Developing Treatments for JA

The Childhood Arthritis and Rheumatology Research Alliance has created consensus treatment plans to improve and standardize care of pediatric rheumatic diseases.

July 17, 2013 | By Bethany Afshar

The Childhood Arthritis and Rheumatology Research Alliance (CARRA) is developing consensus treatment plans for childhood rheumatic diseases.

CARRA was established in 2002 to create a network of pediatric rheumatologists across North America, providing infrastructure to collaborate more easily in large, multicenter studies, increasing the number of participants in studies and reducing the time it takes to achieve results. Today, the majority of all pediatric rheumatologists in the United States and Canada count themselves as members of CARRA, representing more than 92 institutions.

The Arthritis Foundation has supported CARRA from the start, providing funding for its development and ongoing funding for its administrative core and support for the CARRA registry.

What Are Consensus: The consensus plans offer a limited number of treatments to choose from that have been developed by input from CARRA members through a rigorous consensus processes. Pediatric rheumatologists agree to choose the treatment plan most closely resembles what they would do and what they feel would be best for a specific patient. The clinician then follows the plan and collects data about how the patient responds and if there are problems with the treatment.

Treatment Plan Summaries
Systemic Juvenile Idiopathic Arthritis:
The JIA committee chose to focus their first consensus treatment plan on systemic JIA. Making up just about 5 to 15 percent of all cases of JIA, systemic JIA may also be the most variable subset of JIA, which makes it all the more difficult to standardize its treatment. The consensus treatment plan presents four treatments: corticosteroids only, methotrexate, anakinra (Kineret) and tocillizumab (Actemra), all with or without corticosteroids.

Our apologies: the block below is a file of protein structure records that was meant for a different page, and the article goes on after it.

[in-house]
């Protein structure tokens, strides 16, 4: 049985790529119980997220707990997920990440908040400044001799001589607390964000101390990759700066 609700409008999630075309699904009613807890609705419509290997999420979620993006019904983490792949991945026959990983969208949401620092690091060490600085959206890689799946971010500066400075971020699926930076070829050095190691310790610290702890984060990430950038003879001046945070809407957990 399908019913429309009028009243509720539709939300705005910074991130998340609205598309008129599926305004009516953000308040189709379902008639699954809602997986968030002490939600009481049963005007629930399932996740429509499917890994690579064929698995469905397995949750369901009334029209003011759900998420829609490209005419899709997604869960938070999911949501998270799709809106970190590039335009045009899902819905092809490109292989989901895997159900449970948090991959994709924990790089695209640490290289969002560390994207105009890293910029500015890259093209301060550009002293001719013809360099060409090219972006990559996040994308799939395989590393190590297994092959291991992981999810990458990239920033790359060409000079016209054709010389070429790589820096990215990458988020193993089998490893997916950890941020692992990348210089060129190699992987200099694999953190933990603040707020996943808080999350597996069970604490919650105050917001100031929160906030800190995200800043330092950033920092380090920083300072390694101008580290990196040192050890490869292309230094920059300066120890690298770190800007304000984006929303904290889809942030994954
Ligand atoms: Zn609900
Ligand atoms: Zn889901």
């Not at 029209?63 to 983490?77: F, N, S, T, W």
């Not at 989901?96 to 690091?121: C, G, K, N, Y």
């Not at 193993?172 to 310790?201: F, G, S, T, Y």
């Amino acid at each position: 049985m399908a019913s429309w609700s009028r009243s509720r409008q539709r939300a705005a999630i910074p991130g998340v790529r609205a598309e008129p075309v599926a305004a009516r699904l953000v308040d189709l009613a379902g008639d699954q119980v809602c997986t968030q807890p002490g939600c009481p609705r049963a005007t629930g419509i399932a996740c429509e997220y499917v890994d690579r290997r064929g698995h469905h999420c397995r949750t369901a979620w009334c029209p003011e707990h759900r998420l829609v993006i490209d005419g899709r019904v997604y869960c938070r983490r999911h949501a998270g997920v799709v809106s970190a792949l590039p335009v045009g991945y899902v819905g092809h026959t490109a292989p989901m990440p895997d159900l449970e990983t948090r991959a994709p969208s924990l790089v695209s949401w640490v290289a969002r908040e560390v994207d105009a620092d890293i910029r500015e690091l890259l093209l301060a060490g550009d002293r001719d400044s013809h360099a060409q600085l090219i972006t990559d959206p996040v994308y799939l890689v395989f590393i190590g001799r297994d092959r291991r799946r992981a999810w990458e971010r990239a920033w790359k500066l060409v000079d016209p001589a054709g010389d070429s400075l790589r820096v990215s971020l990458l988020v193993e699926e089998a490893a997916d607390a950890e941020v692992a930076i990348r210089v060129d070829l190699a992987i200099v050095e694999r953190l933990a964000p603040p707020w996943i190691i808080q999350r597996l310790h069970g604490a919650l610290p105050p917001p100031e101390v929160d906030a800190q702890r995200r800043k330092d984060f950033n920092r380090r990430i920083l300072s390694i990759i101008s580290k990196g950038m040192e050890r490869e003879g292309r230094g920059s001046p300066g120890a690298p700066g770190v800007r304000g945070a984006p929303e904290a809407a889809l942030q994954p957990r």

Lupus Nephritis: The SLE group focused their consensus treatment plan specifically on the induction phase – or the first six months of treatment – of lupus nephritis, which is seen in about 80 percent of all children with SLE. The consensus plans present immunosuppressive therapy options of either daily oral mycophenolic acid (CellCept) or monthly intravenous cyclophosphamide (Cytoxan), as well as three options for use of corticosteroids.

Juvenile Dermatomyositis: The JDM committee provided three plans for the treatment of moderate juvenile dermatomyositis: IV methylprednisolone, methotrexate and predisone; IV methylprednisolone, methotrexate, prednisone and IV immunoglobulin; and finally, methotrexate and prednisone.

Juvenile Localized Scleroderma: The SVRD committee developed consensus treatment plans focusing on the first year of treatment of juvenile localized scleroderma. The plans include methotrexate alone; methotrexate and IV corticosteroids; and methotrexate plus a combination of oral and IV corticosteroids.

While the primary goal is to develop standards of care, an added benefit is that publication of these treatment plans may also reach doctors who see JA patients but aren’t pediatric rheumatologists and may not be sure of the most current treatments.

CARRA sees these consensus treatment plans as works in progress. As new treatments are introduced and evidence is collected, these plans will change and improve. The data collection on these treatment plans “will inform not only which treatment protocol is best, but which is safest and with the least side effects,” says Dr. Wallace.